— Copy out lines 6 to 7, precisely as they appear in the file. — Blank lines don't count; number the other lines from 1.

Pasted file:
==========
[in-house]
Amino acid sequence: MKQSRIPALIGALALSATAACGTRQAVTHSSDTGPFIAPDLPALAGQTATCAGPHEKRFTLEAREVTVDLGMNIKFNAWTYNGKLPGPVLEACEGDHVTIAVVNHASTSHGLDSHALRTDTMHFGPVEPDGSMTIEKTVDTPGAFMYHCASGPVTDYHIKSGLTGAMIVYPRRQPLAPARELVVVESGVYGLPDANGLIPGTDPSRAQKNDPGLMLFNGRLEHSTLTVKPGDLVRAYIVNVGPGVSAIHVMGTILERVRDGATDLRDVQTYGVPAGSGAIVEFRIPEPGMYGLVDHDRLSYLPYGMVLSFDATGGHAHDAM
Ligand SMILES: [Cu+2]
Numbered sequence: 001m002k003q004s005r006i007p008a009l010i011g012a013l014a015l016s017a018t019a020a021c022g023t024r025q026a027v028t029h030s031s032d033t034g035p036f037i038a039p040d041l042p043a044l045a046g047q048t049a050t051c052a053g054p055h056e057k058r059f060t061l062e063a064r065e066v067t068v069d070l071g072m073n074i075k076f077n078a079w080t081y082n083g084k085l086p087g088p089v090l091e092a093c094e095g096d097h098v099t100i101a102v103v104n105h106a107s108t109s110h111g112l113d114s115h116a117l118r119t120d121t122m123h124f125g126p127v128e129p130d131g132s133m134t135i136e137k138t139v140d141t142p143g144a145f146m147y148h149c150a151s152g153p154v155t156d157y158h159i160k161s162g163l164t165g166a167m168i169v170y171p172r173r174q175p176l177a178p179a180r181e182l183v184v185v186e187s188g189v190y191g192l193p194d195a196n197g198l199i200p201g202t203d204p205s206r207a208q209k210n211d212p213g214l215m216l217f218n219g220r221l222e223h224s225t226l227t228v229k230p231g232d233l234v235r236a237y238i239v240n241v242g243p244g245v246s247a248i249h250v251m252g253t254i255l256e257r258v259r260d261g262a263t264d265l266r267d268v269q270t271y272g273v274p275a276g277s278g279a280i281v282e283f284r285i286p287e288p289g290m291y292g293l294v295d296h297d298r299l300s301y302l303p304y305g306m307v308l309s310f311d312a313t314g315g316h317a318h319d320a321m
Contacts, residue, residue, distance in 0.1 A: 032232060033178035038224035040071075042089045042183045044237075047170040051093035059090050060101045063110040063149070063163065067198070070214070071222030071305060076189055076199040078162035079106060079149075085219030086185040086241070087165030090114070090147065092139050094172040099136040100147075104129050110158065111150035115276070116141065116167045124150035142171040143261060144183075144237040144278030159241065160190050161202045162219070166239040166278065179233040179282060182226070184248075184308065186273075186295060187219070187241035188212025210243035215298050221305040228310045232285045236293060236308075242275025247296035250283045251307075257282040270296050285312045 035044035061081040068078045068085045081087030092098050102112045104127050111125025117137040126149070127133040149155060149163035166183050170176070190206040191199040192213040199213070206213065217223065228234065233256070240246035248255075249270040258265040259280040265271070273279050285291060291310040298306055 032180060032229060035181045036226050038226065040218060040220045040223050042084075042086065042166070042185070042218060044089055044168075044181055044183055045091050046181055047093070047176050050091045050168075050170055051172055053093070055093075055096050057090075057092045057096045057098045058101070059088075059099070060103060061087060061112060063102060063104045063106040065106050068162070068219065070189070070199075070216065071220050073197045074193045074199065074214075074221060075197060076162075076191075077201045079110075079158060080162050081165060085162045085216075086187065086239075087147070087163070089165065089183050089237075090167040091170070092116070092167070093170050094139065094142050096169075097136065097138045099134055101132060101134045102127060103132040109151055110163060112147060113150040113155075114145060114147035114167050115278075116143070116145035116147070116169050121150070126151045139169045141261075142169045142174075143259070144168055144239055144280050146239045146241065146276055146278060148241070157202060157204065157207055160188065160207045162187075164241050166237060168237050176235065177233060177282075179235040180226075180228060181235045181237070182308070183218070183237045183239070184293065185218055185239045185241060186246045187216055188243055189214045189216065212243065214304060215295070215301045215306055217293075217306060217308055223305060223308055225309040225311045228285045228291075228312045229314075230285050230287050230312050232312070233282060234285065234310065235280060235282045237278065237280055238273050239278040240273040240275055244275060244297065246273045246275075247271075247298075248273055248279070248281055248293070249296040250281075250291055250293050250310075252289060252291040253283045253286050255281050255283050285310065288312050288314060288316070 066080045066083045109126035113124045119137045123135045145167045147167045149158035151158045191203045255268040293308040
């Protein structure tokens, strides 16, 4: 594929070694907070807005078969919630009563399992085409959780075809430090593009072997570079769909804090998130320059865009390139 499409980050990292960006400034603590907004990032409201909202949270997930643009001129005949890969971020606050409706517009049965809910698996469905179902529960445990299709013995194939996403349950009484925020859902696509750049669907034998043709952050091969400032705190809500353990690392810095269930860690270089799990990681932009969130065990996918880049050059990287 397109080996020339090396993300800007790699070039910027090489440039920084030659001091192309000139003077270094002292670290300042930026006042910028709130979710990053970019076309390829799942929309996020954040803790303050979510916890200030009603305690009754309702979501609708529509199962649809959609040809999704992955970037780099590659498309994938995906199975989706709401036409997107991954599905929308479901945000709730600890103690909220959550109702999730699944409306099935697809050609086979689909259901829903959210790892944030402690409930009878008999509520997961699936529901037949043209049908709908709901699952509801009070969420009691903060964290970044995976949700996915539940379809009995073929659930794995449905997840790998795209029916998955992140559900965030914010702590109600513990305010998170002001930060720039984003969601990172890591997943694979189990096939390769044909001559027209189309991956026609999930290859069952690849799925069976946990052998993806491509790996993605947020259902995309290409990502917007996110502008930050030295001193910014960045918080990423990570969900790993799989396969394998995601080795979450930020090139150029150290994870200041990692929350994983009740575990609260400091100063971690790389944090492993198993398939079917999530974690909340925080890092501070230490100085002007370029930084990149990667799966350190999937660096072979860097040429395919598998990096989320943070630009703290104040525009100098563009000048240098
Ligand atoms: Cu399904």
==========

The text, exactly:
């Protein structure tokens, strides 16, 4: 594929070694907070807005078969919630009563399992085409959780075809430090593009072997570079769909804090998130320059865009390139 499409980050990292960006400034603590907004990032409201909202949270997930643009001129005949890969971020606050409706517009049965809910698996469905179902529960445990299709013995194939996403349950009484925020859902696509750049669907034998043709952050091969400032705190809500353990690392810095269930860690270089799990990681932009969130065990996918880049050059990287 397109080996020339090396993300800007790699070039910027090489440039920084030659001091192309000139003077270094002292670290300042930026006042910028709130979710990053970019076309390829799942929309996020954040803790303050979510916890200030009603305690009754309702979501609708529509199962649809959609040809999704992955970037780099590659498309994938995906199975989706709401036409997107991954599905929308479901945000709730600890103690909220959550109702999730699944409306099935697809050609086979689909259901829903959210790892944030402690409930009878008999509520997961699936529901037949043209049908709908709901699952509801009070969420009691903060964290970044995976949700996915539940379809009995073929659930794995449905997840790998795209029916998955992140559900965030914010702590109600513990305010998170002001930060720039984003969601990172890591997943694979189990096939390769044909001559027209189309991956026609999930290859069952690849799925069976946990052998993806491509790996993605947020259902995309290409990502917007996110502008930050030295001193910014960045918080990423990570969900790993799989396969394998995601080795979450930020090139150029150290994870200041990692929350994983009740575990609260400091100063971690790389944090492993198993398939079917999530974690909340925080890092501070230490100085002007370029930084990149990667799966350190999937660096072979860097040429395919598998990096989320943070630009703290104040525009100098563009000048240098
Ligand atoms: Cu399904």